For legitimate purposes, this allows the user to quickly re-enter the same data when completing the form multiple times.

When autocomplete is enabled on either/both the username and password fields, this could allow a cyber-criminal with access to the victim’s computer the ability to have the victim’s credentials automatically entered as the cyber-criminal visits the affected page.

It was discovered that the affected page contains a form containing a password field that has not disabled autocomplete.

https://cwe.mitre.org/data/definitions/200.html

Insecure cookies
HTTP by itself is a stateless protocol. Therefore the server is unable to determine which requests are performed by which client, and which clients are authenticated or unauthenticated.

The use of HTTP cookies within the headers, allows a web server to identify each individual client and can therefore determine which clients hold valid authentication, from those that do not. These are known as session cookies.

When a cookie is set by the server (sent the header of an HTTP response) there are several flags that can be set to configure the properties of the cookie and how it is to be handled by the browser.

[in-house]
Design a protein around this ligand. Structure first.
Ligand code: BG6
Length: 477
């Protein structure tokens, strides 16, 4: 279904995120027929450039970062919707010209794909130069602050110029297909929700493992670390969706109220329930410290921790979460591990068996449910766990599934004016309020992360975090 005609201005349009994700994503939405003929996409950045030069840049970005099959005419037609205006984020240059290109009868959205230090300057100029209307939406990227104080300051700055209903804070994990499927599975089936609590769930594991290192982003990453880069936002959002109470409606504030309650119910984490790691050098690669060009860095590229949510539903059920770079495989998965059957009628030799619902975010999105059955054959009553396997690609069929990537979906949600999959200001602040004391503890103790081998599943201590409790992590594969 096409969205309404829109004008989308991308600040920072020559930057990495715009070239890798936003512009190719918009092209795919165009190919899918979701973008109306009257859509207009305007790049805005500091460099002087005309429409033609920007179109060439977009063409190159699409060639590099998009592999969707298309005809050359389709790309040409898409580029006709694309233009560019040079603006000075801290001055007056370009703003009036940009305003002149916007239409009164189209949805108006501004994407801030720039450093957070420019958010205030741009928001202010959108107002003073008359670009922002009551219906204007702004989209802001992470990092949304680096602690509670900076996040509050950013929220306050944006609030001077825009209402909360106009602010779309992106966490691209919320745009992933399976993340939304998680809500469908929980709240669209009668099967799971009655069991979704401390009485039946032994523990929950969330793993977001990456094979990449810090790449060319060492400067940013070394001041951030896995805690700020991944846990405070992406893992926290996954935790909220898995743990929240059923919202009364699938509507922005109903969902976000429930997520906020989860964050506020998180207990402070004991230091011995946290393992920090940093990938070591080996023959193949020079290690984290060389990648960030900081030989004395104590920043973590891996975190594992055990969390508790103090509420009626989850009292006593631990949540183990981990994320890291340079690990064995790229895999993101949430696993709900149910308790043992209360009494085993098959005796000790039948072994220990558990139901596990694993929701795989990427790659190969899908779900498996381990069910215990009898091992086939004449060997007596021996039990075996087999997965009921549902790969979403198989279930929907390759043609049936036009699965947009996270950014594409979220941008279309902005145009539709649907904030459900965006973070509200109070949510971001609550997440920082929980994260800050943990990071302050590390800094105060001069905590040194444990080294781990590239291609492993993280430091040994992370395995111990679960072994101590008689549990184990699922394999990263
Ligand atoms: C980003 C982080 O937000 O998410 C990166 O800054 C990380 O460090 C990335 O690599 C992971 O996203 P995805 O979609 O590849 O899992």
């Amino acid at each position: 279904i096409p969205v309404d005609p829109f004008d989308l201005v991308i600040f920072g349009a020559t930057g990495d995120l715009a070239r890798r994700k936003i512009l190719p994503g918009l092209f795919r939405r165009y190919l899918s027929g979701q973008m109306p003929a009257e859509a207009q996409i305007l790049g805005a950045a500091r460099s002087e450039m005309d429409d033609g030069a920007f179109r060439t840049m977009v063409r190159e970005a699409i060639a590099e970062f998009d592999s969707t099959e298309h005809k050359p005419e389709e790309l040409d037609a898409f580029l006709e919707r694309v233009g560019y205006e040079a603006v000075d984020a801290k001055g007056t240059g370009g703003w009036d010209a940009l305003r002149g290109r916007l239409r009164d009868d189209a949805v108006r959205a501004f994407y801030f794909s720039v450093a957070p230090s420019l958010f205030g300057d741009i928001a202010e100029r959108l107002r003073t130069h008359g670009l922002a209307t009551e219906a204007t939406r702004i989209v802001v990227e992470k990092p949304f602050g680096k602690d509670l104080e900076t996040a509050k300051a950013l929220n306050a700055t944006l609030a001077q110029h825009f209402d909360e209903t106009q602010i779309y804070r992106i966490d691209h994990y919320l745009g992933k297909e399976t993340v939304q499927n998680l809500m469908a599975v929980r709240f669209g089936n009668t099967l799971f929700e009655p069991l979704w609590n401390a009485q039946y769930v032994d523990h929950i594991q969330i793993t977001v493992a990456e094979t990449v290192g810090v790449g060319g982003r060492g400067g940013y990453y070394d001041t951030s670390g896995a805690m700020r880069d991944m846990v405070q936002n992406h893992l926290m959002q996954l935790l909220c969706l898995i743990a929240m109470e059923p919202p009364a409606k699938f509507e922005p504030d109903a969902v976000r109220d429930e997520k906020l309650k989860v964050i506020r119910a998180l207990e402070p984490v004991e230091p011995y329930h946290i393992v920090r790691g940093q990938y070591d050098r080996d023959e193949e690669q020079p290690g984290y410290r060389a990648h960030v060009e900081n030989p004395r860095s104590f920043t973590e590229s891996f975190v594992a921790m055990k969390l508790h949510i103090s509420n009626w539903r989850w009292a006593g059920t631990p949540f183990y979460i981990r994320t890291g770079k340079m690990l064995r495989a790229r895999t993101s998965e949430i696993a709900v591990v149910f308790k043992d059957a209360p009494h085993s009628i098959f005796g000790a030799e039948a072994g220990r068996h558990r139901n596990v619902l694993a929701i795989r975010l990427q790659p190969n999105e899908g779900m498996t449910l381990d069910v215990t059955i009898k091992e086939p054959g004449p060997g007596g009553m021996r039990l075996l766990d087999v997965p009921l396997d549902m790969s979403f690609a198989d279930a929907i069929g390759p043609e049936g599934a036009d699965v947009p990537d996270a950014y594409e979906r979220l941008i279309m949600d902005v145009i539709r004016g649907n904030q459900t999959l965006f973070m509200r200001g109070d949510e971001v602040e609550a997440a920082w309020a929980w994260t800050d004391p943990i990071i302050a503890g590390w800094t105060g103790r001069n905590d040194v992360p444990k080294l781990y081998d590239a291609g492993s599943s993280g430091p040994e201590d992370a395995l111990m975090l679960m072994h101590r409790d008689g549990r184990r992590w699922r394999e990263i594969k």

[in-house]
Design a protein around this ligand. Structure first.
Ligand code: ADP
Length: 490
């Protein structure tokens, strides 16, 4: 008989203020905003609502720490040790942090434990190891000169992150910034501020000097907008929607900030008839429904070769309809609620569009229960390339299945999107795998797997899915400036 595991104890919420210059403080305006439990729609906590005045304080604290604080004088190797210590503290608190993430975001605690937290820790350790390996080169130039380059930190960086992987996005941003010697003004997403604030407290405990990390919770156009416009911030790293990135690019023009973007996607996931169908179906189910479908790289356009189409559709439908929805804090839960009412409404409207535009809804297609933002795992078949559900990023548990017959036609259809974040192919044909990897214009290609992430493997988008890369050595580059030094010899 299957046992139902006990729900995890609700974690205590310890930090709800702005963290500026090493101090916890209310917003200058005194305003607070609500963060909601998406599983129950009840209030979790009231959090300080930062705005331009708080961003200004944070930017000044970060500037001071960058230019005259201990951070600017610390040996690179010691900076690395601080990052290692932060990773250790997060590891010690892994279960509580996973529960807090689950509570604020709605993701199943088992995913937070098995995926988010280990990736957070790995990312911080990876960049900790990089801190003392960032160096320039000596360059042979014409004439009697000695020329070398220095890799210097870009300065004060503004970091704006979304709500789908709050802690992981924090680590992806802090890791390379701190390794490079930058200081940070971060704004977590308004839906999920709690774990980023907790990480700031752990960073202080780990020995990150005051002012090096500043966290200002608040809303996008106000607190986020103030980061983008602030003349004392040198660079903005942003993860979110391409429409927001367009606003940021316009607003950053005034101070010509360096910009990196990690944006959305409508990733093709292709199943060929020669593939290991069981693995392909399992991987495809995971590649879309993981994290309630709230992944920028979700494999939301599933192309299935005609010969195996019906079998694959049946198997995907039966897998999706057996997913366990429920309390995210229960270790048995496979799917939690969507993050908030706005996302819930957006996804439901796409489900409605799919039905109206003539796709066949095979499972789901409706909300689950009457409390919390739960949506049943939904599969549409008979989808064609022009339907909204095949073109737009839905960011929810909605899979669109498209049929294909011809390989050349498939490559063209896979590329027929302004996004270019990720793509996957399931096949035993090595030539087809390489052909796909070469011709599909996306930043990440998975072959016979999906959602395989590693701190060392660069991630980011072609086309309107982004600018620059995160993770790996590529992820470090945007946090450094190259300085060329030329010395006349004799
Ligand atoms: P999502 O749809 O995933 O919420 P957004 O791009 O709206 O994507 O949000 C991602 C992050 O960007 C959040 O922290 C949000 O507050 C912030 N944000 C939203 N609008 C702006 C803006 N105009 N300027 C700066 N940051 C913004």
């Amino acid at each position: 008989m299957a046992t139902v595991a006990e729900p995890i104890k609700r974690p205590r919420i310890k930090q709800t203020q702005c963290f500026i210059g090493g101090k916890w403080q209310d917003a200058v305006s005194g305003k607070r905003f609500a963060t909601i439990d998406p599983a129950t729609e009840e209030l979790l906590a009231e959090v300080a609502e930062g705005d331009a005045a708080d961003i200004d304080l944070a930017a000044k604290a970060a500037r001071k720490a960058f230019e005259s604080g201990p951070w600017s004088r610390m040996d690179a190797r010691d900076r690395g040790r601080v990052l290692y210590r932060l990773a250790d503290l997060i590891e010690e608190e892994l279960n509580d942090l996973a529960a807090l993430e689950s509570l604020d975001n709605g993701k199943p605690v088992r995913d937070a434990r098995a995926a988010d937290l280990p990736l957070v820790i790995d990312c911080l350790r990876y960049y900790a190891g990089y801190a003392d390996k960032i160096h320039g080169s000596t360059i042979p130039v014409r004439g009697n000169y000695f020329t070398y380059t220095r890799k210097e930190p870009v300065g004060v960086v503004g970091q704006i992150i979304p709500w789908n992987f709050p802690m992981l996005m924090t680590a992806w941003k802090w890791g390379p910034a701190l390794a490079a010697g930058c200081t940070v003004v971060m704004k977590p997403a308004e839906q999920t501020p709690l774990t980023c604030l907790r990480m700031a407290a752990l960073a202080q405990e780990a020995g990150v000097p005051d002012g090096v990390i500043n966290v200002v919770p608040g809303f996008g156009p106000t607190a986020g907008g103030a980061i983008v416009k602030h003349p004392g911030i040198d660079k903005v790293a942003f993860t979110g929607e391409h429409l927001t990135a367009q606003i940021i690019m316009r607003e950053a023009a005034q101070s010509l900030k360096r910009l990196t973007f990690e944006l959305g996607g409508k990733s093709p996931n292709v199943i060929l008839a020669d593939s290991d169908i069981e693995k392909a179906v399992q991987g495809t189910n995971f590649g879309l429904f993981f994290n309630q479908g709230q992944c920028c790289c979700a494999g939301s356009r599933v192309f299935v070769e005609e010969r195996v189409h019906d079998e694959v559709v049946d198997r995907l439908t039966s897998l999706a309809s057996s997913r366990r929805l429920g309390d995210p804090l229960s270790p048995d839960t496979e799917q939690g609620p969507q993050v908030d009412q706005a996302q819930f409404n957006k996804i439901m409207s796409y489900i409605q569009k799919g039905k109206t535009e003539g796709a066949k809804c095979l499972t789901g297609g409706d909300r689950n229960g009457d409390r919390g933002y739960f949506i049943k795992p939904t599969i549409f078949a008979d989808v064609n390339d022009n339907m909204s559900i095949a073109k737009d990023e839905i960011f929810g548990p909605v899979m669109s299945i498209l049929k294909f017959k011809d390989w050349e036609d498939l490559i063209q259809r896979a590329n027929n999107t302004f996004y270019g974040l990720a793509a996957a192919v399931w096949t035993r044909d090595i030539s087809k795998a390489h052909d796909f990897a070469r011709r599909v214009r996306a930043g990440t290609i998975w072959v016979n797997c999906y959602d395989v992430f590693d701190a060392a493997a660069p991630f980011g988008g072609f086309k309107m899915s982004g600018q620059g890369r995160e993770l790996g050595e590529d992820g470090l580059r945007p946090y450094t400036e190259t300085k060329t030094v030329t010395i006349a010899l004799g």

One of these flags is known as the secure flag. When the secure flag is set, the browser will prevent it from being sent over a clear text channel (HTTP) and only allow it to be sent when an encrypted channel is used (HTTPS).

it was  discovered that  cookies were set by the server without the secure flag being set. Although the initial setting of this cookie was via an HTTPS connection, any HTTP link to the same server will result in the cookie being send in clear text.

https://cwe.mitre.org/data/definitions/200.html

HttpOnly cookies

When a cookie is set by the server (sent the header of an HTTP response) there are several flags that can be set to configure the properties of the cookie and how it is to be handled by the browser.

The HttpOnly flag assists in the prevention of client side-scripts (such as JavaScript) accessing and using the cookie.

This can help prevent XSS attacks targeting the cookies holding the client’s session token (setting the HttpOnly flag does not prevent, nor safeguard against XSS vulnerabilities themselves).

https://cwe.mitre.org/data/definitions/200.html


Last Edit: May 25, 2021, 07:44:49 am by FIrethorn